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snide

[snahyd] /snaɪd/
adjective, snider, snidest.
1.
derogatory in a nasty, insinuating manner:
snide remarks about his boss.
Origin
1860-1865
1860-65; origin uncertain
Related forms
snidely, adverb
snideness, noun
Dictionary.com Unabridged
Based on the Random House Dictionary, © Random House, Inc. 2014.
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British Dictionary definitions for snider

snide1

/snaɪd/
adjective
1.
Also snidey (ˈsnaɪdɪ). (of a remark, etc) maliciously derogatory; supercilious
2.
counterfeit; sham
noun
3.
(slang) sham jewellery
Derived Forms
snidely, adverb
snideness, noun
Word Origin
C19: of unknown origin

snide2

/snaɪd/
verb (transitive; usually passive) and foll by with
1.
(Northern English, dialect) to fill or load
Collins English Dictionary - Complete & Unabridged 2012 Digital Edition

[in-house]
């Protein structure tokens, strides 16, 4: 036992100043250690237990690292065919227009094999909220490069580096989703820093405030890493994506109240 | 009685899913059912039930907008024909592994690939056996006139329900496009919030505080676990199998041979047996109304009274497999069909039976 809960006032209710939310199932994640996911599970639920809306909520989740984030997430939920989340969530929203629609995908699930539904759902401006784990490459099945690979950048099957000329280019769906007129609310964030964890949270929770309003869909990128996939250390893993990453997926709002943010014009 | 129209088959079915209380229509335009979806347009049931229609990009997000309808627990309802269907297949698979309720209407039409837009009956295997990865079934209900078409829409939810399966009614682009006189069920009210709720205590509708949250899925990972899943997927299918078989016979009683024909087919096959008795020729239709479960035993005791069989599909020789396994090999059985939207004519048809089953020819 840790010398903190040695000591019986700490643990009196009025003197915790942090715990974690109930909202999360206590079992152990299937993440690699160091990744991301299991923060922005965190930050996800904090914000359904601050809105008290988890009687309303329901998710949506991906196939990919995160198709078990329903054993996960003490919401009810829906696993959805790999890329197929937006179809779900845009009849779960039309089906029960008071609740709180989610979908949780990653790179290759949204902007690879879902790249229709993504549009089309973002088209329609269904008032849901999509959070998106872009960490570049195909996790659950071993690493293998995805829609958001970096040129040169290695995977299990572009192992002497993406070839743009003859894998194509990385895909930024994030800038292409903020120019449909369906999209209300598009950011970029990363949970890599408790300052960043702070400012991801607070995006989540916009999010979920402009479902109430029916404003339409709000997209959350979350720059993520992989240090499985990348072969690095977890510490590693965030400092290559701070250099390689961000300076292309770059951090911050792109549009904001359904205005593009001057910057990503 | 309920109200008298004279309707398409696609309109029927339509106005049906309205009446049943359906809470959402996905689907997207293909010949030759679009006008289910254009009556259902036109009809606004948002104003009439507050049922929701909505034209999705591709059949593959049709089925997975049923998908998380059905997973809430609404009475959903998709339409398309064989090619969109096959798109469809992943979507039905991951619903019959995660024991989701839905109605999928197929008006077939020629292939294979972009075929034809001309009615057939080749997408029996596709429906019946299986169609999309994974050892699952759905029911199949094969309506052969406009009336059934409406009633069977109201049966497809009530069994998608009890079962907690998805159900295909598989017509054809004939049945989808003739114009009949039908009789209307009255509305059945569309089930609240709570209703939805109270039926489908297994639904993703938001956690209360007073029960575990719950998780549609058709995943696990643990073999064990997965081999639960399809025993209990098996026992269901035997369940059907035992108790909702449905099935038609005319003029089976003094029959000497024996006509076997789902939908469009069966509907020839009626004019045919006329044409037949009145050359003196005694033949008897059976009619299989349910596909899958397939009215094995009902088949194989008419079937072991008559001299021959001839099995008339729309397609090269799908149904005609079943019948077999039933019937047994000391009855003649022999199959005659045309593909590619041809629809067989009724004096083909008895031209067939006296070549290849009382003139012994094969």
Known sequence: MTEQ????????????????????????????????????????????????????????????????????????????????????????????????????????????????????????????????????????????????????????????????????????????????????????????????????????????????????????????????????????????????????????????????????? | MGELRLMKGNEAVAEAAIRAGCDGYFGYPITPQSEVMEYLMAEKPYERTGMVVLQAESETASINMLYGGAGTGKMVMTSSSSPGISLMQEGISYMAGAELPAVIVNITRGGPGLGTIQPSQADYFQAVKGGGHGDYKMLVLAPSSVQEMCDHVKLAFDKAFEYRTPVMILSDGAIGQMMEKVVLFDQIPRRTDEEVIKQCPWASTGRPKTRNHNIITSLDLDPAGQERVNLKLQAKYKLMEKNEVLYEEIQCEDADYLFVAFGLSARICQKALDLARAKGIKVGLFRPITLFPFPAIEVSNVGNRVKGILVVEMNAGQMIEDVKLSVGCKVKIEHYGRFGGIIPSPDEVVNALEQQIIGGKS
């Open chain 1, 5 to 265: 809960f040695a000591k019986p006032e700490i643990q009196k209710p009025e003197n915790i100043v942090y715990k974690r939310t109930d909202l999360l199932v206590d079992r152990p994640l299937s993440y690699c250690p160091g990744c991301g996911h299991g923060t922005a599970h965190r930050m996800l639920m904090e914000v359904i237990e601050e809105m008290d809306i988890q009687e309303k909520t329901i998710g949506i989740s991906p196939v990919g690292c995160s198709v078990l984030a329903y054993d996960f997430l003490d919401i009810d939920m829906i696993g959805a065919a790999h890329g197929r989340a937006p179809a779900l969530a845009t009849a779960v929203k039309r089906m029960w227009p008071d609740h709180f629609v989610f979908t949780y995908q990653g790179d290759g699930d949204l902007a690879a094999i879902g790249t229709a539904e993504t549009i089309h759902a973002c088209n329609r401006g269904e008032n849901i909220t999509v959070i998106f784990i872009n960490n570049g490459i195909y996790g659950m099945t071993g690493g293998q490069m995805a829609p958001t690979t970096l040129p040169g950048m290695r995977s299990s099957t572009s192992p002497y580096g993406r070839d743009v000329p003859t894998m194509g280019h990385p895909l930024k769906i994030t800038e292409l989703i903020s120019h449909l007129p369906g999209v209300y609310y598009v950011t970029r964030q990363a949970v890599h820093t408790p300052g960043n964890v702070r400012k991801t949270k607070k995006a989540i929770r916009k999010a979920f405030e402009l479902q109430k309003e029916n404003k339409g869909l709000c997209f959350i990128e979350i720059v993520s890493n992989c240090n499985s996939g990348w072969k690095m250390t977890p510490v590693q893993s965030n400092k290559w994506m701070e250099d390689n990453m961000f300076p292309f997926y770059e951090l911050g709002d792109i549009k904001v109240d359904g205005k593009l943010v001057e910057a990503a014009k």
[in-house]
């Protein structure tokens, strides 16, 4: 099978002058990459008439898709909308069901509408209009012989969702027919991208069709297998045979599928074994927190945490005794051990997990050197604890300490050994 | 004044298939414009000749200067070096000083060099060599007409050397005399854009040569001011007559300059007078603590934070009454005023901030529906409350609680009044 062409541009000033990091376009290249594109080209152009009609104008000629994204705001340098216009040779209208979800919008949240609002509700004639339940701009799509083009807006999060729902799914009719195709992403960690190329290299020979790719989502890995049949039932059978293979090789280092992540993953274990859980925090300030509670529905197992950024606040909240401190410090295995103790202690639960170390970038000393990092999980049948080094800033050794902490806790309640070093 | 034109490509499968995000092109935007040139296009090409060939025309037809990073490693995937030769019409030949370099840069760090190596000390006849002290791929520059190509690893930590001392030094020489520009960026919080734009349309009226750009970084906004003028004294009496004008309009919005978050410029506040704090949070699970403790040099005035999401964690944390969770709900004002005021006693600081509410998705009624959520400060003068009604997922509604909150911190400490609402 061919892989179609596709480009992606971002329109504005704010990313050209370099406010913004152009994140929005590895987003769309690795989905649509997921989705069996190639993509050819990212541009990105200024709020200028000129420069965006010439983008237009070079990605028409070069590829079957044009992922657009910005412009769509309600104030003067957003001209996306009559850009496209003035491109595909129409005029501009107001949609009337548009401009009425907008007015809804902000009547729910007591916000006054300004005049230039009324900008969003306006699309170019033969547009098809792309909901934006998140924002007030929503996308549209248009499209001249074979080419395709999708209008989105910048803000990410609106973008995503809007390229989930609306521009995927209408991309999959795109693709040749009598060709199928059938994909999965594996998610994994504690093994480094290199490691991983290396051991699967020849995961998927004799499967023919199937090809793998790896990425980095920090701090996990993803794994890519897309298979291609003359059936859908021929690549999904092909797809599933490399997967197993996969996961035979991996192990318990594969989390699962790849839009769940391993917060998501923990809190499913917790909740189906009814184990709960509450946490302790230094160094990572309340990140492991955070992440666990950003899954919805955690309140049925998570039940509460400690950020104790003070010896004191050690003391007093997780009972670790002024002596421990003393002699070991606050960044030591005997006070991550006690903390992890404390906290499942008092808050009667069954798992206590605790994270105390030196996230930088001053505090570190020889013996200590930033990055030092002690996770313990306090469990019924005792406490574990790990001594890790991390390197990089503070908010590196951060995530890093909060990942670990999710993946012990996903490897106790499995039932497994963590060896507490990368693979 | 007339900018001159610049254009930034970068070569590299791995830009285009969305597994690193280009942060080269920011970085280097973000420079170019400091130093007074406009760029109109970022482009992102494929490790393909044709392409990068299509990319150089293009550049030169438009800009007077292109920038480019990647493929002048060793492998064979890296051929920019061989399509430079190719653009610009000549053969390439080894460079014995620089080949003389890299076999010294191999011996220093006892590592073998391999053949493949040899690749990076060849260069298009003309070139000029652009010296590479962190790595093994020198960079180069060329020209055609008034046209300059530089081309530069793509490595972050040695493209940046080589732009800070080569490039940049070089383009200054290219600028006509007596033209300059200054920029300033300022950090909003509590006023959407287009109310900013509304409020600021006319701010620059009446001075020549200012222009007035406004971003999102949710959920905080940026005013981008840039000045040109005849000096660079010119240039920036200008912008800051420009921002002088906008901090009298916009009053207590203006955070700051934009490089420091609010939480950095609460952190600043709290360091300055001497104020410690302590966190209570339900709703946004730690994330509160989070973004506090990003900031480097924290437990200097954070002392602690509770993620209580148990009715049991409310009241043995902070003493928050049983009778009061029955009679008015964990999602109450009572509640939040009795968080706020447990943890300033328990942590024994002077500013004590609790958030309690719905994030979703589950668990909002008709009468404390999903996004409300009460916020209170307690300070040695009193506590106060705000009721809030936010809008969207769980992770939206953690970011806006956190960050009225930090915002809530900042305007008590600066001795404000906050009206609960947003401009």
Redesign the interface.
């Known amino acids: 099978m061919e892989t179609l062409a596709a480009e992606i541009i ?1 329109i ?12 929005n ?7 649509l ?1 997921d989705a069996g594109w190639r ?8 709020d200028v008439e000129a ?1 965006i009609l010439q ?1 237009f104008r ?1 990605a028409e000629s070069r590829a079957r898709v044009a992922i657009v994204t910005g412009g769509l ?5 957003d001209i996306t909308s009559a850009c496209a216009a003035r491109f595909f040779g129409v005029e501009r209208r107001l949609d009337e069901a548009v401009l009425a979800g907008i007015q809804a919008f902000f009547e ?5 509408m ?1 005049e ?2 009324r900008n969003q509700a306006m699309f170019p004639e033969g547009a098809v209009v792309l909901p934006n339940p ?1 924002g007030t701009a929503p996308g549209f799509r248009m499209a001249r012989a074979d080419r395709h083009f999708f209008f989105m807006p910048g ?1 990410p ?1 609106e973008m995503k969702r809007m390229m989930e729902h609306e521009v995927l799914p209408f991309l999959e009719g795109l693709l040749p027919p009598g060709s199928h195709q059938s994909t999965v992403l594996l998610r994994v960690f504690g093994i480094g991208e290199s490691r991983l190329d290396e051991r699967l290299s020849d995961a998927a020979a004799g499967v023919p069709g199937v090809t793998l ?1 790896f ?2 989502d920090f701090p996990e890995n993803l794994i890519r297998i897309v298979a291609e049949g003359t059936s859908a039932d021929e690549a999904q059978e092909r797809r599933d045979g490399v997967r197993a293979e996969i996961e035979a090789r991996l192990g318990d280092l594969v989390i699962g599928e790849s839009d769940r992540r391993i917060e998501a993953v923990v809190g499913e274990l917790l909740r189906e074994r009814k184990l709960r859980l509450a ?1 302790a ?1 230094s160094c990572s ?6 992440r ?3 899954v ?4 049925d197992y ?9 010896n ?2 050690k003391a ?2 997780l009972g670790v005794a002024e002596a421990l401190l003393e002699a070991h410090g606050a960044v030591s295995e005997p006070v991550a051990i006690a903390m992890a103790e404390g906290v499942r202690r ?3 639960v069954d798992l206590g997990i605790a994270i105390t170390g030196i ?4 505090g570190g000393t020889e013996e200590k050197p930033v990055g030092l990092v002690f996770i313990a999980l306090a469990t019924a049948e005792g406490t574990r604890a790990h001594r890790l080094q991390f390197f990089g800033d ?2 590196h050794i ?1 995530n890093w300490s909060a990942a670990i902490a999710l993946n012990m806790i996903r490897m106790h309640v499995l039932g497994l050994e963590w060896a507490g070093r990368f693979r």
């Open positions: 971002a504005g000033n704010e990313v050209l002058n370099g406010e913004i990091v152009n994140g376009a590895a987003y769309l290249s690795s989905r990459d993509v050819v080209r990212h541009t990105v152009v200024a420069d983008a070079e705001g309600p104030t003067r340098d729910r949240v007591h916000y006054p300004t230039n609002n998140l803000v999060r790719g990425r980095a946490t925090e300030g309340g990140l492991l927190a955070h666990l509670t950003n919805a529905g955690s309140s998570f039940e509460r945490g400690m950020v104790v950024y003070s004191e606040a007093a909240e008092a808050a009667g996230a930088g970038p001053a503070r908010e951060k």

© William Collins Sons & Co. Ltd. 1979, 1986 © HarperCollins
Publishers 1998, 2000, 2003, 2005, 2006, 2007, 2009, 2012
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Word Origin and History for snider

snide

adj.

1859, thieves' slang, "counterfeit, sham, bad, spurious," of unknown origin. Of persons, "cunning, sharp," from 1883. Sense of "sneering" is first attested 1933, perhaps via sense of "hypocrisy, malicious gossip" (1902). Related: Sneeringly.

Online Etymology Dictionary, © 2010 Douglas Harper
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Slang definitions & phrases for snider

snide

adjective

Contemptible; mean; nasty, esp in an insinuating way • Now used nearly exclusively in reference to remarks and persons who make them: A woman gets nothing but snide remarks about her driving skills

[1859+; origin unknown]


The Dictionary of American Slang, Fourth Edition by Barbara Ann Kipfer, PhD. and Robert L. Chapman, Ph.D.
Copyright (C) 2007 by HarperCollins Publishers.
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7
8
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